OMAHA, Neb. — This is a story about a pitcher who cried in his Omaha hotel room. The head coach with the trust to put the season in his hands. And the pitching coach who had a weekend to help repair a young man’s battered psyche.
This is a story about how the past often doesn’t matter in baseball. Matter of fact, sometimes it just lies. Texas A&M started a guy Tuesday with a 37.80 earned run average in this Men’s College World Series. And now he’s a folk tale in Aggie-land.
Nathan Dettmer. The pitcher who put up all the Notre Dame zeroes Tuesday afternoon. The struggling Texas A&Mer who in seven innings gave up three hits, no runs, and created a day he will remember the rest of his life. The Aggies play on in Omaha after beating the Irish 5-1, and the pitcher who led them there is the sophomore who was so crushed by what happened only four days before — when he didn’t get out of the second inning against Oklahoma and gave up seven runs — he went back to his room and wept.
Standing in a Charles Schwab Field hallway Tuesday, Texas A&M pitching coach Nate Yeskie tried to put the moment into the context of his sometimes-cruel sport.
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“You think about however many hours ago it was, he was sitting in the dugout feeling like he let his team down. Now he’s on cloud 9 in there. The same guy, the same ability. Sometimes it’s the breaks, but it’s just baseball.”
Not far away, the hero of the hour was just beginning to comprehend what had happened to his team – and to him.
“I just felt so little. I felt like I let everyone down,” Dettmer said of the Friday shellacking by Oklahoma. “So I went into my hotel room and I cried. I didn’t know what to do. I felt lost.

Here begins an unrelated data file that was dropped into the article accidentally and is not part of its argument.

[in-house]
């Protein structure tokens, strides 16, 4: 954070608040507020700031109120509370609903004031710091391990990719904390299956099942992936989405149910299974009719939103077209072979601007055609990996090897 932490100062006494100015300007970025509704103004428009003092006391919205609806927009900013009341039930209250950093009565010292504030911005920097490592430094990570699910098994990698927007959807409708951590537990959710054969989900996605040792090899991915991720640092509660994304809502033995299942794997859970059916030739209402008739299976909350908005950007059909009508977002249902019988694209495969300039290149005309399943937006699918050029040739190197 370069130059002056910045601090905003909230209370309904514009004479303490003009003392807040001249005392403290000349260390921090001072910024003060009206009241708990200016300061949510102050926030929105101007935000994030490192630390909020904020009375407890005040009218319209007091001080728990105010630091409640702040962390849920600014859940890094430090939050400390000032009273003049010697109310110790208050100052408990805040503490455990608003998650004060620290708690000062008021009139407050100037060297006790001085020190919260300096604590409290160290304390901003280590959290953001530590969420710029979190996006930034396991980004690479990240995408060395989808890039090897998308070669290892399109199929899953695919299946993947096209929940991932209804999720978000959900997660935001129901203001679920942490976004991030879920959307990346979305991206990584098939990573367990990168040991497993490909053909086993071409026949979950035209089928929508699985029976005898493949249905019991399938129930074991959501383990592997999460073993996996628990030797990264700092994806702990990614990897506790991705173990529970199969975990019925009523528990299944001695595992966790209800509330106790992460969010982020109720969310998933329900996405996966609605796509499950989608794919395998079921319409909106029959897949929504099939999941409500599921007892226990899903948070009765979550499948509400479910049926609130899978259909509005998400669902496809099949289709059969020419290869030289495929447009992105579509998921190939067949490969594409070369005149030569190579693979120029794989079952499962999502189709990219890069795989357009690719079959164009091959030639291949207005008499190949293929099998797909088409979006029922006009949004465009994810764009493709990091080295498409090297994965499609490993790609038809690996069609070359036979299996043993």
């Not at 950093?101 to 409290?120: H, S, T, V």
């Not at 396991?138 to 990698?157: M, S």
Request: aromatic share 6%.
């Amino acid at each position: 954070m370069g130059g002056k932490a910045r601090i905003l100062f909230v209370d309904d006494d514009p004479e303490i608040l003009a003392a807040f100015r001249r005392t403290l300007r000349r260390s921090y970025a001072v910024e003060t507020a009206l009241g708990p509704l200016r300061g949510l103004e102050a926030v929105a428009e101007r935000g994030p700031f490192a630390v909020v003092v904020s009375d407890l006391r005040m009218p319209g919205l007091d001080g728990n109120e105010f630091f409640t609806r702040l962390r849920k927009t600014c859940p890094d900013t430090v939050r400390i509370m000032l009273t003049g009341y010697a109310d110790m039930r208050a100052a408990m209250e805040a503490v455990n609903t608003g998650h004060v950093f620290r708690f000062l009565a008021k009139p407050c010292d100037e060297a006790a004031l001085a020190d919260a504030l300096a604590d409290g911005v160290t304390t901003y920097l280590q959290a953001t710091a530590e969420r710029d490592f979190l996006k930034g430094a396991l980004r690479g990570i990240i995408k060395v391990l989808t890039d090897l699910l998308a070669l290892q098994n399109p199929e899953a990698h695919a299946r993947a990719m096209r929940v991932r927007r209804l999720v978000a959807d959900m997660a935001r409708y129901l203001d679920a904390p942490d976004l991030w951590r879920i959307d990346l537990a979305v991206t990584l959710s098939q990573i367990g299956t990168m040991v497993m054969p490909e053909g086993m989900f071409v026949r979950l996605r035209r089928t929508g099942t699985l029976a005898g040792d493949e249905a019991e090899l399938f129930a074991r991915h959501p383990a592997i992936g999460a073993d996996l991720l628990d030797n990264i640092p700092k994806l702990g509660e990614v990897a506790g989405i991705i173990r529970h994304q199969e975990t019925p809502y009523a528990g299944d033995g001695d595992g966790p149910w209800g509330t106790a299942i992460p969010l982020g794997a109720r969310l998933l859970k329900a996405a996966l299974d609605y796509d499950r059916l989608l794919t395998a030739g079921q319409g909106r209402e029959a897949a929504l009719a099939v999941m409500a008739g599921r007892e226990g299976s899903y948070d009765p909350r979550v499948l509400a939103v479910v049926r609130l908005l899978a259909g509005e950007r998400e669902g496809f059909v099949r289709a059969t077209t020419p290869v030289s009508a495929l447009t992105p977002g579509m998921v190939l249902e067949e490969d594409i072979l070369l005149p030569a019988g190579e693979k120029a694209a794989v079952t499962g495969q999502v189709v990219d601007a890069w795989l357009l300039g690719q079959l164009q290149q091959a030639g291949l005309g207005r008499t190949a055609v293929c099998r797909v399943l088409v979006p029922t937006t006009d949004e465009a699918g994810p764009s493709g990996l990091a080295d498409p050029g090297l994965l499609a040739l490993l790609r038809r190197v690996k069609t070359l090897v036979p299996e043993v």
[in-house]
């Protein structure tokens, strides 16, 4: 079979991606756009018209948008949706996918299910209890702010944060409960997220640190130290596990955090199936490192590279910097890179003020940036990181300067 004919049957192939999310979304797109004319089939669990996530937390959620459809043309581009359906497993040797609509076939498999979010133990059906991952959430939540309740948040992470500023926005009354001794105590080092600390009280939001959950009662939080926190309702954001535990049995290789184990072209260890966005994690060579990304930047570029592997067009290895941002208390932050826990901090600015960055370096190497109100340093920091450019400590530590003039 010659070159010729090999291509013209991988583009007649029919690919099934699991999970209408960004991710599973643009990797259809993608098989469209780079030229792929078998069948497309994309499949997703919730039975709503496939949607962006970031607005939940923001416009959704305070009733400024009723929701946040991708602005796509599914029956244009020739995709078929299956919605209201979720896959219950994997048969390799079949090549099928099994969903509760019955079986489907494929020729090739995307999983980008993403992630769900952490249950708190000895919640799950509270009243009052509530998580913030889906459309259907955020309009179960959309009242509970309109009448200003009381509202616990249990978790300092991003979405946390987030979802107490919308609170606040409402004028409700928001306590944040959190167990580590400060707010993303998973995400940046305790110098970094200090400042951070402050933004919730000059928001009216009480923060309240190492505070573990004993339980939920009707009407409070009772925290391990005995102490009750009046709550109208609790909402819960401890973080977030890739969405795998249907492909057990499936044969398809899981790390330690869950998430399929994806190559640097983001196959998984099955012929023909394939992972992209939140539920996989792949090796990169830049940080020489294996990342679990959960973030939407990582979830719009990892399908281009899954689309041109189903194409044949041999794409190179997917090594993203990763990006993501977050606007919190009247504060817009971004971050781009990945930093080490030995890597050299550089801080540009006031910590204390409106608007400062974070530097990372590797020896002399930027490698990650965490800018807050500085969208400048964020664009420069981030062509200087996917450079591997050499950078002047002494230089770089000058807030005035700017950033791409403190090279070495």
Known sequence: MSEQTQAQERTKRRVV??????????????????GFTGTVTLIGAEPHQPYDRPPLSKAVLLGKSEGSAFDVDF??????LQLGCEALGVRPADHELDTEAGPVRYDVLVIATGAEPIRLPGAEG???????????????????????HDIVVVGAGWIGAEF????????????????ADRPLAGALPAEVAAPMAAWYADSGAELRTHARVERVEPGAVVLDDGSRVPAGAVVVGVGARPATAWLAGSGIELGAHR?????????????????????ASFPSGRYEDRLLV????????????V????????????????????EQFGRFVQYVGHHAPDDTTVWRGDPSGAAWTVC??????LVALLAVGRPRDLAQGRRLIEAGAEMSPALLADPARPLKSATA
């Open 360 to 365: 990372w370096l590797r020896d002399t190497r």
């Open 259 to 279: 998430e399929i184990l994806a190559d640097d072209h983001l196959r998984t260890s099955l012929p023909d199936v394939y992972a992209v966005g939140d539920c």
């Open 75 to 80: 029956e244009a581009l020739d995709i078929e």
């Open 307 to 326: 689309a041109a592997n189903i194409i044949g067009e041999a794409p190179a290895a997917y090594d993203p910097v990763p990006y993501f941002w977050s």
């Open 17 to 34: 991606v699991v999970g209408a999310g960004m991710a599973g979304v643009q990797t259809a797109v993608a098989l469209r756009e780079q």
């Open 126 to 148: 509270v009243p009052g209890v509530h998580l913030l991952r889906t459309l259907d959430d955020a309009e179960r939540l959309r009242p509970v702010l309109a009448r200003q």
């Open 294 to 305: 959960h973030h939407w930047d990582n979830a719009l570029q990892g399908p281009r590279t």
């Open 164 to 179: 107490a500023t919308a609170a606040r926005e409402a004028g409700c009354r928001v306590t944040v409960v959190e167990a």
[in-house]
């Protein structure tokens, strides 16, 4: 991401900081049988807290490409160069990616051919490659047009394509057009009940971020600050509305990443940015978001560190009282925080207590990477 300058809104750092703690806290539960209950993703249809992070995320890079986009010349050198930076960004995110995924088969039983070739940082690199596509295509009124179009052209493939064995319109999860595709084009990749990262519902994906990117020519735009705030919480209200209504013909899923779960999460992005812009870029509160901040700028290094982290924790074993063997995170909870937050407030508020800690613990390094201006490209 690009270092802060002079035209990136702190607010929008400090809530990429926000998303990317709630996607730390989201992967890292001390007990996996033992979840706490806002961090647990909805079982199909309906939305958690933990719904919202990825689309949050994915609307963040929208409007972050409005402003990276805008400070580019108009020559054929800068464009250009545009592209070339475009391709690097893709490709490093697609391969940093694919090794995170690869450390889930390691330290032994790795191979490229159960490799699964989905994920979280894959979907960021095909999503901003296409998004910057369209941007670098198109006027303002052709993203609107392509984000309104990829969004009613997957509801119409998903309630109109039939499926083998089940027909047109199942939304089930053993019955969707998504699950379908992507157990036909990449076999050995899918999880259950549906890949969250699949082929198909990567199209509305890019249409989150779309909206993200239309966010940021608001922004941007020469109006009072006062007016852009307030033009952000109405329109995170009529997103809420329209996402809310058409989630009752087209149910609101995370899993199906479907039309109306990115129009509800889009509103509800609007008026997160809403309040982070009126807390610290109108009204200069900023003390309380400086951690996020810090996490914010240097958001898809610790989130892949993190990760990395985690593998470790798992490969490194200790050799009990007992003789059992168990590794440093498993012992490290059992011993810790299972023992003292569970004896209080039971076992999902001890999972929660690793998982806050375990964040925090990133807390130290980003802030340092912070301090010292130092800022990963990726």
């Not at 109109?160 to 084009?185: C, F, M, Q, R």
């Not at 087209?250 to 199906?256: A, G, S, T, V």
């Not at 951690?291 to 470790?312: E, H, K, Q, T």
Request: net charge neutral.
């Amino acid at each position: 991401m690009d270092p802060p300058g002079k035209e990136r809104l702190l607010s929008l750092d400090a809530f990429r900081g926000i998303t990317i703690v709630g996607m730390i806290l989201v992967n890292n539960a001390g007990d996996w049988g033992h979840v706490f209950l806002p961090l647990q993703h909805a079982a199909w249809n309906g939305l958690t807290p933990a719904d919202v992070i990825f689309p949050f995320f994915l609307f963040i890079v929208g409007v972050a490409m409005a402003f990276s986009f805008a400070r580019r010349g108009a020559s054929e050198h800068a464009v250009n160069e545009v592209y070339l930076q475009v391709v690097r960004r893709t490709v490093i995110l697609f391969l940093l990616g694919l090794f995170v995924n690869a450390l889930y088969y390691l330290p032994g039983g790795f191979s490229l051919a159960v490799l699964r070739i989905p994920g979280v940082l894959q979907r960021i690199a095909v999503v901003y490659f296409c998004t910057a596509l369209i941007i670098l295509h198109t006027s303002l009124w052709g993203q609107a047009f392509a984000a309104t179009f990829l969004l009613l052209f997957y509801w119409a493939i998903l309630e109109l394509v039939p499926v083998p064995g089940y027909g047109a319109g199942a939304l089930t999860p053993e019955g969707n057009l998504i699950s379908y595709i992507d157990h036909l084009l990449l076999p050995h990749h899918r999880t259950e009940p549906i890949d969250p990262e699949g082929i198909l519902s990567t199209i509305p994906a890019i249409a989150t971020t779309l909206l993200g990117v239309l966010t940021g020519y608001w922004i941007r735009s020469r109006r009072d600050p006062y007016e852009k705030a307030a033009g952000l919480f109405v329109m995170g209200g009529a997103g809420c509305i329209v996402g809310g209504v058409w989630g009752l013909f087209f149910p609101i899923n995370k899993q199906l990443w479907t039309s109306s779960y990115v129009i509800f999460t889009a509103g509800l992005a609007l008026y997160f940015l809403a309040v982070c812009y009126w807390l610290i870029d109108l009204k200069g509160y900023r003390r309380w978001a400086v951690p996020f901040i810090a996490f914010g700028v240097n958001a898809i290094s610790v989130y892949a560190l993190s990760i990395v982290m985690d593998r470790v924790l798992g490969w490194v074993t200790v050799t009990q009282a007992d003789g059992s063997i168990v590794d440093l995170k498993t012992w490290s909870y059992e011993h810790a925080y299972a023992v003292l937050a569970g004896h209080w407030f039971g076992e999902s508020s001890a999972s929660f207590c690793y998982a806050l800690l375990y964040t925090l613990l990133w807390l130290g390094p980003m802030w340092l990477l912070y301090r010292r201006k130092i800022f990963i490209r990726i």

“But to come back and have Coach give me the ball just two games later, all that confidence just flowed through me . . . My teammates believed in me. My coaches believed in me. I just had to believe in myself. It was all up here.”
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With that, he pointed to what was suddenly the most famous head in College Station.
So here was the situation. Texas A&M vs. Notre Dame in an elimination game with no margin for error, especially for the man on the mound. Win, and the Aggies would be in the final four of the College World Series for the first time in history. If there was any anxiety and doubt among the maroon masses, well, you’d understand. Their starting pitcher had been living a nightmare.
Dettmer had started three games in the NCAA tournament before Tuesday. In 10.1 innings: 18 hits, 17 runs. His ERA his past seven appearances was just south of 11. He was positively thrilled when he was named the starter for Game 1 here. Why, he’d even be throwing the first pitch of the 2022 College World Series and how cool was that? But the walls quickly caved in, as the Sooners were all over him with seven runs in 1.2 innings. Hence, the Omaha ERA of 37.80. A small sample size to be sure, but pretty hard to miss on Tuesday’s stat sheet.
But among other things, the CWS is a chance to make bad memories go away. With each fastball he blew past the Notre Dame bats Tuesday, with each sinker the Irish futilely swung over, all the recent bad news faded away. Dettmer didn’t give up a hit until the fourth inning. When he left after the seventh, he had struck out six, walked none and had never blinked from start to finish. His first pitch was 94 miles an hour. So was his 99th and last.
Watching with growing pleasure from the dugout were head coach Jim Schlossnagle and Yeskie, a pitching guru who is now with his third different program in the College World Series – including Arizona and 2018 national champion Oregon State.
Their soothing of Dettmer began almost immediately after the Friday blowup. Yeskie had the first conversation in the dugout.
“I told him he was going to pitch again. It’s baseball, you’re going to have some rough patches. Be ready to go again. At this point there’s not a lot of physical adjustments that players are going to make. Just keeping the mind right, keeping him focused on understanding that it’s good to get the bad one out of the way.”